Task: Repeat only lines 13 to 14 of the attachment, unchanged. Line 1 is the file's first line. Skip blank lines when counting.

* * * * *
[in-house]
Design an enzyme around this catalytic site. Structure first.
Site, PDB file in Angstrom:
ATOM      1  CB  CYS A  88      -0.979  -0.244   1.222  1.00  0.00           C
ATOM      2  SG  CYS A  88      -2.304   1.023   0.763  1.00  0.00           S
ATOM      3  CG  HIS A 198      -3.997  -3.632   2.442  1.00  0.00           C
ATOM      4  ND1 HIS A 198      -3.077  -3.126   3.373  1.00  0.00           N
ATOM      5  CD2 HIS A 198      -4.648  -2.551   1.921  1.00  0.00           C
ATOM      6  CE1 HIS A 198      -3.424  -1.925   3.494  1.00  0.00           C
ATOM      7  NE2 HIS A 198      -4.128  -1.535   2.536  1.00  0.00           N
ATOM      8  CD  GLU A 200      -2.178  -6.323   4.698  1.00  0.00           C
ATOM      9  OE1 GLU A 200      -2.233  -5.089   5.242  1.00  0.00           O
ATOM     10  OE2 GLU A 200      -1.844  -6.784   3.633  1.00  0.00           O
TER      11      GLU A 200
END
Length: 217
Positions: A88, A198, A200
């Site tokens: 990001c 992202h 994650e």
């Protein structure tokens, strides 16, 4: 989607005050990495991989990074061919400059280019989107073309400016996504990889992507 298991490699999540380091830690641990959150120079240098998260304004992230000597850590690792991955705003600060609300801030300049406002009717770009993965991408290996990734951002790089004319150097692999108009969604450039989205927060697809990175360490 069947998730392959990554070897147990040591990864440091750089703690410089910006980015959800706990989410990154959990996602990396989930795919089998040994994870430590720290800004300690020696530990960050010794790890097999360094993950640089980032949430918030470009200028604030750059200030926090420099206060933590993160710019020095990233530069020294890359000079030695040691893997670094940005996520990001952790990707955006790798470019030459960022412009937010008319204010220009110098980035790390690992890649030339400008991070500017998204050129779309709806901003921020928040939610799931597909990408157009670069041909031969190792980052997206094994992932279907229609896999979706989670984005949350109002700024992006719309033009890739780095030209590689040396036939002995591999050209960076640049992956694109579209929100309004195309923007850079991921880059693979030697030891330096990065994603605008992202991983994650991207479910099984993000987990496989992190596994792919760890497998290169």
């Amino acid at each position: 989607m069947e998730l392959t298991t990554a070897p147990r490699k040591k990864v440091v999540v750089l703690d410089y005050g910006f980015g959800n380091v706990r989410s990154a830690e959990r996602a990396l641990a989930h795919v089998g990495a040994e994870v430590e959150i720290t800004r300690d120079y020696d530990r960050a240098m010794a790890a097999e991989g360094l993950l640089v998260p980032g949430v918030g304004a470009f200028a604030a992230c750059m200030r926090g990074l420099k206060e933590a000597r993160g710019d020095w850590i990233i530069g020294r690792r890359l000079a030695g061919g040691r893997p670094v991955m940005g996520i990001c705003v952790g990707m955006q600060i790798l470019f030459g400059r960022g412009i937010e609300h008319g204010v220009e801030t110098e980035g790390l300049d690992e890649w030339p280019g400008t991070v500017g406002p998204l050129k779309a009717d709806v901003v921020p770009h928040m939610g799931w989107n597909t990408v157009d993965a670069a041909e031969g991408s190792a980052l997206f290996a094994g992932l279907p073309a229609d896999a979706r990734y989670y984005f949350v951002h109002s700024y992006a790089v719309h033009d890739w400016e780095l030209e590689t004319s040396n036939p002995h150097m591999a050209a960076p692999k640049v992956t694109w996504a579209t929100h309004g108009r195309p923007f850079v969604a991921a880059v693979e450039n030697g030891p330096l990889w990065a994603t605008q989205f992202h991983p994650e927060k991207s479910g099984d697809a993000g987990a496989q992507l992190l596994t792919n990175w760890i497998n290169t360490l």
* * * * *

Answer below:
ATOM     10  OE2 GLU A 200      -1.844  -6.784   3.633  1.00  0.00           O
TER      11      GLU A 200